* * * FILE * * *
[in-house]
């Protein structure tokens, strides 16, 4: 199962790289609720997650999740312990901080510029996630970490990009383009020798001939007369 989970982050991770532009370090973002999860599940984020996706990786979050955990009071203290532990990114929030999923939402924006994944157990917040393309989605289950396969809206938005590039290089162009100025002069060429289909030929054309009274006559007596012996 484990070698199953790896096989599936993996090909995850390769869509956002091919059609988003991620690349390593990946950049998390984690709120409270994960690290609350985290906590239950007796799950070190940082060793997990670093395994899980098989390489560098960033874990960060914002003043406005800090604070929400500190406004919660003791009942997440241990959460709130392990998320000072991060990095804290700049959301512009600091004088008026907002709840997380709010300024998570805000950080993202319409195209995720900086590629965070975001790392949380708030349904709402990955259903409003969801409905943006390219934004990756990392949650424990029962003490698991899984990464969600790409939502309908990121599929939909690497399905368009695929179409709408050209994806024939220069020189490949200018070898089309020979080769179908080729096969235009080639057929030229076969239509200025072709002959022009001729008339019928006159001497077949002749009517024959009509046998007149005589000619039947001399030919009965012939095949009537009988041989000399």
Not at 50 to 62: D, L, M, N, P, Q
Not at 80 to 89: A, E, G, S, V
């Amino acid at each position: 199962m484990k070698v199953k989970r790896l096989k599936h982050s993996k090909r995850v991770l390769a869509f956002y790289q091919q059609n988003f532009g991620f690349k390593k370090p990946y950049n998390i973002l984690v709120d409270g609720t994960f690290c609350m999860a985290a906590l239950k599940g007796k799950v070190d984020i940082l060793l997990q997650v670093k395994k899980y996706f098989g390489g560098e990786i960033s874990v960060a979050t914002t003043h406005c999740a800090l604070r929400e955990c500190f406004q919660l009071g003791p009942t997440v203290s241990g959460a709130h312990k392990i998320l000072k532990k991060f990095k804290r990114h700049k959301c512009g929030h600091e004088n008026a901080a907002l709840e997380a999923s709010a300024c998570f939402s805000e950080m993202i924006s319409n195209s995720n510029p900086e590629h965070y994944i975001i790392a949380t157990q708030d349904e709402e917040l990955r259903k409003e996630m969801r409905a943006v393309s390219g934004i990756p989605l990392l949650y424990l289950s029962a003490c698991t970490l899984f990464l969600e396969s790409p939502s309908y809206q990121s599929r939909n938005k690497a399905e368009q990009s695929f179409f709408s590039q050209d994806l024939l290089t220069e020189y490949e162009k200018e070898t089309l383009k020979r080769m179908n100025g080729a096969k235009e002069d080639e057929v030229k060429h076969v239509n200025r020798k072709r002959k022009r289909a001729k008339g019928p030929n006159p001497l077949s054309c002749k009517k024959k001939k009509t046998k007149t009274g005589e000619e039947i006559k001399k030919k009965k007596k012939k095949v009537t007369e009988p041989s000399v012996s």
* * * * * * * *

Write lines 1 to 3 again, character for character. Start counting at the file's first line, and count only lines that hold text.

[in-house]
């Protein structure tokens, strides 16, 4: 199962790289609720997650999740312990901080510029996630970490990009383009020798001939007369 989970982050991770532009370090973002999860599940984020996706990786979050955990009071203290532990990114929030999923939402924006994944157990917040393309989605289950396969809206938005590039290089162009100025002069060429289909030929054309009274006559007596012996 484990070698199953790896096989599936993996090909995850390769869509956002091919059609988003991620690349390593990946950049998390984690709120409270994960690290609350985290906590239950007796799950070190940082060793997990670093395994899980098989390489560098960033874990960060914002003043406005800090604070929400500190406004919660003791009942997440241990959460709130392990998320000072991060990095804290700049959301512009600091004088008026907002709840997380709010300024998570805000950080993202319409195209995720900086590629965070975001790392949380708030349904709402990955259903409003969801409905943006390219934004990756990392949650424990029962003490698991899984990464969600790409939502309908990121599929939909690497399905368009695929179409709408050209994806024939220069020189490949200018070898089309020979080769179908080729096969235009080639057929030229076969239509200025072709002959022009001729008339019928006159001497077949002749009517024959009509046998007149005589000619039947001399030919009965012939095949009537009988041989000399």
Not at 50 to 62: D, L, M, N, P, Q